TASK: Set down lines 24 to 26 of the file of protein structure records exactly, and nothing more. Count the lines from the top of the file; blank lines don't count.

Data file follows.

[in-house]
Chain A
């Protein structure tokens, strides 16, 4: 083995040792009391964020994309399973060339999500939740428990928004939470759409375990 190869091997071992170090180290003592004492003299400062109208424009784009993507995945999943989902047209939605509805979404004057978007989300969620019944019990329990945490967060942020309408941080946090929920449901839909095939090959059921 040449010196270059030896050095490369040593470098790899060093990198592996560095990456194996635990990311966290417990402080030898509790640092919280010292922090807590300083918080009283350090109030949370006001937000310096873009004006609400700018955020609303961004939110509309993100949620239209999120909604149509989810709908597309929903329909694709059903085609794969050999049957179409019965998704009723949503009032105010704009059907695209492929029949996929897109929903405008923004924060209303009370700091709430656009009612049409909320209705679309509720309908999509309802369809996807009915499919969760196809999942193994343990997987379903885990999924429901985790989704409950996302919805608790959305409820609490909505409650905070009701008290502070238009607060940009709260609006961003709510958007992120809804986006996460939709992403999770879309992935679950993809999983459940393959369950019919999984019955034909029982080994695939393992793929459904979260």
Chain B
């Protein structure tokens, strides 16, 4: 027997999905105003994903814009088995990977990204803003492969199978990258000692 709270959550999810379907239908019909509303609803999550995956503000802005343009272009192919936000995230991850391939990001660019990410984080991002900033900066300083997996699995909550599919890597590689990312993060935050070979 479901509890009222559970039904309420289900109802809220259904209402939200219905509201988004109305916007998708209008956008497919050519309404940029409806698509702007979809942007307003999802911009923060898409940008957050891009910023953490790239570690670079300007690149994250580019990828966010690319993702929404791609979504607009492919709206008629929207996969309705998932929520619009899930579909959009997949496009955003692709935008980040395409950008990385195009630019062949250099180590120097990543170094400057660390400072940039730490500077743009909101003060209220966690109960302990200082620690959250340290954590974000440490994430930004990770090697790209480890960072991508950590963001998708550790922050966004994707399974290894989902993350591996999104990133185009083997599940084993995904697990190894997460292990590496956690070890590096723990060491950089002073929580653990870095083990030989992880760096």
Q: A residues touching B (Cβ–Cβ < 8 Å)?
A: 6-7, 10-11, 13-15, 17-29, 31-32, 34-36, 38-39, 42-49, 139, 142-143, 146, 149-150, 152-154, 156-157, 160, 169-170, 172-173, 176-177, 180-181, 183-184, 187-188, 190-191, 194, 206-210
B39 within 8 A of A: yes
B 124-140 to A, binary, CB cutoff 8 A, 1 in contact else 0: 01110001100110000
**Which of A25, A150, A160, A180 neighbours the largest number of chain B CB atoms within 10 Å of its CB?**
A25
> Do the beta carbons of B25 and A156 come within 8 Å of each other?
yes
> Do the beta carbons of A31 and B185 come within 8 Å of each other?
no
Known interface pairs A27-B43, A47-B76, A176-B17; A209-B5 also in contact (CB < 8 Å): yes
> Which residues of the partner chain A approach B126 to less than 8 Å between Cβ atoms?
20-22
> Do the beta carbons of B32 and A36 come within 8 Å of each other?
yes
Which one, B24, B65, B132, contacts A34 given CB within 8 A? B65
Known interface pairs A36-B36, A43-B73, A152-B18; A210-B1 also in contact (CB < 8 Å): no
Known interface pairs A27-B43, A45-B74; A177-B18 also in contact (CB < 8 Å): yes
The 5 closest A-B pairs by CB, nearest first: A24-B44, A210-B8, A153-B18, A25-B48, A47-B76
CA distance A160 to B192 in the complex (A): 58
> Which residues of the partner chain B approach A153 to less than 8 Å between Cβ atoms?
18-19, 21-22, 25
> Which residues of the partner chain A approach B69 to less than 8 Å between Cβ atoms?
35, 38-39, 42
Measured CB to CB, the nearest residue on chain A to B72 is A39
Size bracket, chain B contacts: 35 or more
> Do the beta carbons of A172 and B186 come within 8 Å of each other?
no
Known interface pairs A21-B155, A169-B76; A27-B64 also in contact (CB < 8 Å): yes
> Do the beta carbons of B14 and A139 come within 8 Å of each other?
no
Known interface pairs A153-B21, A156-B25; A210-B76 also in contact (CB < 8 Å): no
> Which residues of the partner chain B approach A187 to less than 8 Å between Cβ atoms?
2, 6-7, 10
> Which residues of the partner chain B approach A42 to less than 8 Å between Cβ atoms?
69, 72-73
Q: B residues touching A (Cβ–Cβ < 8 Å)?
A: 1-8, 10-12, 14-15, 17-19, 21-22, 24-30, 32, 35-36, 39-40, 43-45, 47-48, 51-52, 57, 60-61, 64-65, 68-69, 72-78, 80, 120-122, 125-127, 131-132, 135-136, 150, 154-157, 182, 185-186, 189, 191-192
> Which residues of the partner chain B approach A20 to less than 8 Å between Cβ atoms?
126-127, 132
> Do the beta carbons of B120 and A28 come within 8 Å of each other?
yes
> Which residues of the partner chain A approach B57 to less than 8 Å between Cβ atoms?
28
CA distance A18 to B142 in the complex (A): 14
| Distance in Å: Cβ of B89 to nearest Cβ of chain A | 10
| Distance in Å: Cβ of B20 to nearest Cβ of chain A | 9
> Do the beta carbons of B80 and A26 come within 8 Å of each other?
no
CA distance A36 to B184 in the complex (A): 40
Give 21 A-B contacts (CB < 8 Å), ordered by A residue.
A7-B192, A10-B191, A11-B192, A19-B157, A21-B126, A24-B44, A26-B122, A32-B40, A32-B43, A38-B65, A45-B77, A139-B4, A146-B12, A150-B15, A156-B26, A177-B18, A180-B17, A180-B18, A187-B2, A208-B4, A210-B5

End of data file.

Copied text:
The 5 closest A-B pairs by CB, nearest first: A24-B44, A210-B8, A153-B18, A25-B48, A47-B76
CA distance A160 to B192 in the complex (A): 58
> Which residues of the partner chain B approach A153 to less than 8 Å between Cβ atoms?